the other is ‘wishing to know I proceed’.”
– TKV Desikachar on Yoga Sūtra Chapter Two verse 6
“The way to better oneself is not to ponder over the past but to look ahead.
Even Duḥkha is a great teacher.
In fact it is the first and important step in the ladder of Viveka or clarity.
The greatness of Patañjali is to look at Duḥkha as the stepping stone to success.”
– T Krishnamacharya on Yoga Sūtra Chapter Two verse 16
“The arrangement of Yoga Sūtra Chapter Two involves four components:
1. Duḥkha – What is it that I want to avoid?
2. Avidyā/Saṃyoga – Association or from where has this come?
3. Kaivalya/Viveka – Where should we be in order to be free from this association?
4. Viveka/Aṣṭāṅga – What is the way?
What is the discipline that will give Viveka, not just for a moment, but there all the time?
This is the place of Yoga.”
– TKV Desikachar on Yoga Sūtra Chapter Two verses 16 – 28
“Are our impulses to act self serving,
as in arising from a place of Karma?
Or, are our impulses to act serving the self,
as in arising from a place of Dharma?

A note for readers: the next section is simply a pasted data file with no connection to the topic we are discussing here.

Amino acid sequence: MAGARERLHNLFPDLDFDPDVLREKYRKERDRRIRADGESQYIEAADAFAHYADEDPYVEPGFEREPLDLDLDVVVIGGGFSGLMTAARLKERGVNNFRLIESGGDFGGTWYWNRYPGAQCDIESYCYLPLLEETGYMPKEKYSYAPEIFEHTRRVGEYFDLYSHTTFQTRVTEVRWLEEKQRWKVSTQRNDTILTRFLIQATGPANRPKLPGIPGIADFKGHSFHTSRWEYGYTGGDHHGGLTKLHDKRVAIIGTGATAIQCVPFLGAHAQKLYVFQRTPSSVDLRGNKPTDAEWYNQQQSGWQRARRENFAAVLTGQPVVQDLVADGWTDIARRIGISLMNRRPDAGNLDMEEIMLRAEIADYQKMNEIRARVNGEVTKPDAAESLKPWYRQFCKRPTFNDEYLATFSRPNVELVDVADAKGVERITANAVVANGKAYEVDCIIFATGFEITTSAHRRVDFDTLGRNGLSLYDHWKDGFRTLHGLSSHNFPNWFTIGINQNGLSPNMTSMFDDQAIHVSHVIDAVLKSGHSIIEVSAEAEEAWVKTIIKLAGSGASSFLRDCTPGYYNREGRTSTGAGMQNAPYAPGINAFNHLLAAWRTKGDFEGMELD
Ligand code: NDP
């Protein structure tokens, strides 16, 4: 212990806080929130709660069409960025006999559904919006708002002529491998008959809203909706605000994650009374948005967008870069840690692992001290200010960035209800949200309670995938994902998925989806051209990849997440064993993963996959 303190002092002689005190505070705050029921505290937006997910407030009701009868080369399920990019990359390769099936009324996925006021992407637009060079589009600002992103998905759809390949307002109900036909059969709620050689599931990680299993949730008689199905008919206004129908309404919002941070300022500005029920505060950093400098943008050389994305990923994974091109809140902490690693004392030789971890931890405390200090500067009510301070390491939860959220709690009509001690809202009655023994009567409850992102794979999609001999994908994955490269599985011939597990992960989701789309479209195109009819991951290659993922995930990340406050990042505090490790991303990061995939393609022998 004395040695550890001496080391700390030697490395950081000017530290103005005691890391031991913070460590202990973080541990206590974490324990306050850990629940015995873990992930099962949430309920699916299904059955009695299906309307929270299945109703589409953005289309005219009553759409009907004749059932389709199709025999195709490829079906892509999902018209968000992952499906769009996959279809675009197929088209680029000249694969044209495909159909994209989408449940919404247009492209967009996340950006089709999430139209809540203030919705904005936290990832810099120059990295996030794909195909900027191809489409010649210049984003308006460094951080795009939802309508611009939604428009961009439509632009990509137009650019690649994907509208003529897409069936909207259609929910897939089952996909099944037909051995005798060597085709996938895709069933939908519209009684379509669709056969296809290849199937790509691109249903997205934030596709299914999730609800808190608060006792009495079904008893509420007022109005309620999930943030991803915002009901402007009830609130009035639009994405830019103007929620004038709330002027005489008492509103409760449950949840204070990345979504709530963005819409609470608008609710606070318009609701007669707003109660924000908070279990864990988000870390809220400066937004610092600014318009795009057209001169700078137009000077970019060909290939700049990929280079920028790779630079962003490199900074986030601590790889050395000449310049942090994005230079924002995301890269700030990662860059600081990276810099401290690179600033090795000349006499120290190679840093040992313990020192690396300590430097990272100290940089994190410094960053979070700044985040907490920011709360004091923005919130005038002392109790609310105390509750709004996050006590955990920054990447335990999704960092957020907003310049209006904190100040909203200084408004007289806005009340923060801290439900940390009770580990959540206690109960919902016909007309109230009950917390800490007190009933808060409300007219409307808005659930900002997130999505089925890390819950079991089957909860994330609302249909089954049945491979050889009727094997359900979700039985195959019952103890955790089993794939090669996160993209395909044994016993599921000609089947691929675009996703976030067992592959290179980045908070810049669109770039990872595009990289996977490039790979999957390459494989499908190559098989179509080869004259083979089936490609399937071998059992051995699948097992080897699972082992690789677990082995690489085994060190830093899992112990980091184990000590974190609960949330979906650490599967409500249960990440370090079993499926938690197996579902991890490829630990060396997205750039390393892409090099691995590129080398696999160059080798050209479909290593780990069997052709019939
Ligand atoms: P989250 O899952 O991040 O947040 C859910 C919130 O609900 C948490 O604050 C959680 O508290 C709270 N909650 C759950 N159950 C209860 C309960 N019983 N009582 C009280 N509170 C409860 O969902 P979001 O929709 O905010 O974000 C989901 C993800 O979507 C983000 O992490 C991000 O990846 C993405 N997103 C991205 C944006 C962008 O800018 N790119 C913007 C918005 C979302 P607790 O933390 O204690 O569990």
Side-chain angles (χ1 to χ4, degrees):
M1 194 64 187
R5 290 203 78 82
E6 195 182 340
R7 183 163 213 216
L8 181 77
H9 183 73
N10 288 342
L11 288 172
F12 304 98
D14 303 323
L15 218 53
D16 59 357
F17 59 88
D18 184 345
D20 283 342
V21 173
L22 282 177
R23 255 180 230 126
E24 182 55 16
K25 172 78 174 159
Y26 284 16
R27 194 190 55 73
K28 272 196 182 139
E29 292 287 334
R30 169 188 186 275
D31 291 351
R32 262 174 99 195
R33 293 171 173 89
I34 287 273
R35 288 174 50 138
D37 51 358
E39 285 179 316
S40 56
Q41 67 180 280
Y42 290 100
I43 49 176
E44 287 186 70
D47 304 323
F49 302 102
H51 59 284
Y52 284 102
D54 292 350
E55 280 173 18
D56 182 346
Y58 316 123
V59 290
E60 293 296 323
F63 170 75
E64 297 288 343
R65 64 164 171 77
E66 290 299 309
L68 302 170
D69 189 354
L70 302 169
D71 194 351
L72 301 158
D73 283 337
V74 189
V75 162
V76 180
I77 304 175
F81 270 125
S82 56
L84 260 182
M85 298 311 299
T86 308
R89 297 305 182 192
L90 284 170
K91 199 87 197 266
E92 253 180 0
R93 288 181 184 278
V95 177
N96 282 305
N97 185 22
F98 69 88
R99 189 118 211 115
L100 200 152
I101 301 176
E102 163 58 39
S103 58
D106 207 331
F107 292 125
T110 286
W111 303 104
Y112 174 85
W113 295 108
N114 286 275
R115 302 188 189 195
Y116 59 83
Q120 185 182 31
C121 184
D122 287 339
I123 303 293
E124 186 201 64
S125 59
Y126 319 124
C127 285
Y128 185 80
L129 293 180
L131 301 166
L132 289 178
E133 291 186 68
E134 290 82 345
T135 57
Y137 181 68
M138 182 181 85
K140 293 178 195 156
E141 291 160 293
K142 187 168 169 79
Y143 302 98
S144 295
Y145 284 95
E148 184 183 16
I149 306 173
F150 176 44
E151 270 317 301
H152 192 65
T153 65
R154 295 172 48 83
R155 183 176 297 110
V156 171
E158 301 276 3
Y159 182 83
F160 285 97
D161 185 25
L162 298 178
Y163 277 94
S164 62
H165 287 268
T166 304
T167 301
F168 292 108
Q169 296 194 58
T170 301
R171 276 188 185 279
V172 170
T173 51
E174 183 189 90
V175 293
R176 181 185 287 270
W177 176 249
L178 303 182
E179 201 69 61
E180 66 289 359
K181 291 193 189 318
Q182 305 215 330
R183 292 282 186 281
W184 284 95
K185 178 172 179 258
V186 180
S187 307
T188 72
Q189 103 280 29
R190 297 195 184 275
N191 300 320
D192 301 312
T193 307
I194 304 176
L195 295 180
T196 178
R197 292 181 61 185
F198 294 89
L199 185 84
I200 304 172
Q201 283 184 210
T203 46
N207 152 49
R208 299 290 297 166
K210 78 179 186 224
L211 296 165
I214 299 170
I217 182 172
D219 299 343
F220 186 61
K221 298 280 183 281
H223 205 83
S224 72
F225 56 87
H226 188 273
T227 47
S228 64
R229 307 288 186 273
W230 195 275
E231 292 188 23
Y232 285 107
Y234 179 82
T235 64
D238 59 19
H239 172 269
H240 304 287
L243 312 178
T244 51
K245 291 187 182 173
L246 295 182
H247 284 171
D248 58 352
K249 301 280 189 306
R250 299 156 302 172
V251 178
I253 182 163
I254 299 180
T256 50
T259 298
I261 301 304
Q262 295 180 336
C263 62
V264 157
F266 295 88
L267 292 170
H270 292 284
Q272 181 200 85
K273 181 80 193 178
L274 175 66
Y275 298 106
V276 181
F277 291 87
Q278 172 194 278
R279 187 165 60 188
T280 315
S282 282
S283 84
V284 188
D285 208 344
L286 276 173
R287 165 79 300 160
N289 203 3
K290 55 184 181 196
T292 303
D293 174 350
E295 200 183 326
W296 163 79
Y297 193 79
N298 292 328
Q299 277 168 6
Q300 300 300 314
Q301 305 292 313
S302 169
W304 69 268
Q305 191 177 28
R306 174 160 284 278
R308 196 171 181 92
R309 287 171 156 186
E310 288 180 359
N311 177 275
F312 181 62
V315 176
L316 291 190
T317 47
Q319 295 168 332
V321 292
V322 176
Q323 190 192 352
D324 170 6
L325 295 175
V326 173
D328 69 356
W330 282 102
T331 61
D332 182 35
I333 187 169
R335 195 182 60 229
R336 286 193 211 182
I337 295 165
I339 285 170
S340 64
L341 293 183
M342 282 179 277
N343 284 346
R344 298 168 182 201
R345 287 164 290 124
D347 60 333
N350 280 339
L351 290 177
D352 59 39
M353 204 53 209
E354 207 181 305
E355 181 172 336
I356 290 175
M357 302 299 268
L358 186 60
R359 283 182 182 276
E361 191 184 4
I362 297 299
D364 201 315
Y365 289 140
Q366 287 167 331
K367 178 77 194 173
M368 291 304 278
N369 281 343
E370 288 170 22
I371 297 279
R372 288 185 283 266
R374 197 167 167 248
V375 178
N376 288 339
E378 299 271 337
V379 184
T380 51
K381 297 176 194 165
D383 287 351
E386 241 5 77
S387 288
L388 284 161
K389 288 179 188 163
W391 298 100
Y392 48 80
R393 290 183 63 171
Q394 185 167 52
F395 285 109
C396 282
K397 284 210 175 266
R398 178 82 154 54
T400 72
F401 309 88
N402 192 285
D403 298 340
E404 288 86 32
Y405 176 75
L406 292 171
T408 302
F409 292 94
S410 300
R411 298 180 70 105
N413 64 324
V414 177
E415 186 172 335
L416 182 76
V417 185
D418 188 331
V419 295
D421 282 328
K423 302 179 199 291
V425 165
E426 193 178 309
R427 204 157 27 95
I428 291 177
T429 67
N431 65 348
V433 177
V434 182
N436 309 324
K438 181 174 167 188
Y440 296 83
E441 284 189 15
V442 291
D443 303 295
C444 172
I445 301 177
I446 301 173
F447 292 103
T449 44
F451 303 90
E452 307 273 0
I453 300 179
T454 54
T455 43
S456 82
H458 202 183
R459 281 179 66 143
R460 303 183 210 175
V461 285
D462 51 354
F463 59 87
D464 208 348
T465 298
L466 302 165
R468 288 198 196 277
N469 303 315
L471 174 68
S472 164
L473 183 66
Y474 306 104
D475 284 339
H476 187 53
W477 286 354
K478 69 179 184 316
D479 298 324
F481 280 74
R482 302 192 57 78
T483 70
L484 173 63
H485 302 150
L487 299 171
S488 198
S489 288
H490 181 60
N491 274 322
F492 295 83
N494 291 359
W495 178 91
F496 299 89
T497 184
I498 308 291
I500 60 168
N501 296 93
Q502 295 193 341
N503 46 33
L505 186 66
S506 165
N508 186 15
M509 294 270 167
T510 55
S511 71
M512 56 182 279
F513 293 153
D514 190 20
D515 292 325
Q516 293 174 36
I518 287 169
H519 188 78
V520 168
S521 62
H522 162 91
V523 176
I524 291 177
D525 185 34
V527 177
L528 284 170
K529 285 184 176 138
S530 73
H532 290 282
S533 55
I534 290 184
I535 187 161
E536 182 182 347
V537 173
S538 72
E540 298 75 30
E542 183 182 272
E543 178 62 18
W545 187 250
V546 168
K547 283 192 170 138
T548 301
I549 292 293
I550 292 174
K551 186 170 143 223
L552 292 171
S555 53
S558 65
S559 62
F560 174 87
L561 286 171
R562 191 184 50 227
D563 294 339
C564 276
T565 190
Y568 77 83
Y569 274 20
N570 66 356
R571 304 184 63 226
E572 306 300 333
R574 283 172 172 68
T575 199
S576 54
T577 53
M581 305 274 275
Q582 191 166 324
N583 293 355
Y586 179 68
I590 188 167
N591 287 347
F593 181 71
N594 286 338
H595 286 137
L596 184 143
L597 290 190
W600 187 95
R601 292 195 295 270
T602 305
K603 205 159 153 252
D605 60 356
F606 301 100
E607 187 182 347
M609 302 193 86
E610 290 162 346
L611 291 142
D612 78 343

Furthermore, how to discern the difference
betwixt my and thy, given the facility of
Karma to proclaim itself as being Dharma?”
– Paul Harvey on Yoga Sūtra Chapter Two verse 21
“All (Yoga) techniques are for Viveka,
as this is the means for freedom.”
– TKV Desikachar on Yoga Sūtra Chapter Two verse 26
“Some define their experience of life by seeking Duḥkha,
some by seeking Sukha.
The Yoga Practitioner sees both as Avidyā
and defines their experience of life by seeking
what lies beyond duality through unwavering Viveka.”
– Paul Harvey on Yoga Sūtra Chapter Two verse 26
“Moha is a state of delusion, such as expressing
what is merely a self-opinion as if it is a reality.
Because expressing an opinion as if it’s a reality,
does not in fact actually mean that it will be true.
So how can we discern as to whether an opinion
that we experience as if a reality, is really true?”
– Paul Harvey on Yoga Sūtra Chapter Two verse 34
“The mutual aim of Yoga and Sāṃkhya is to
experience the more discerning aspects of the psyche,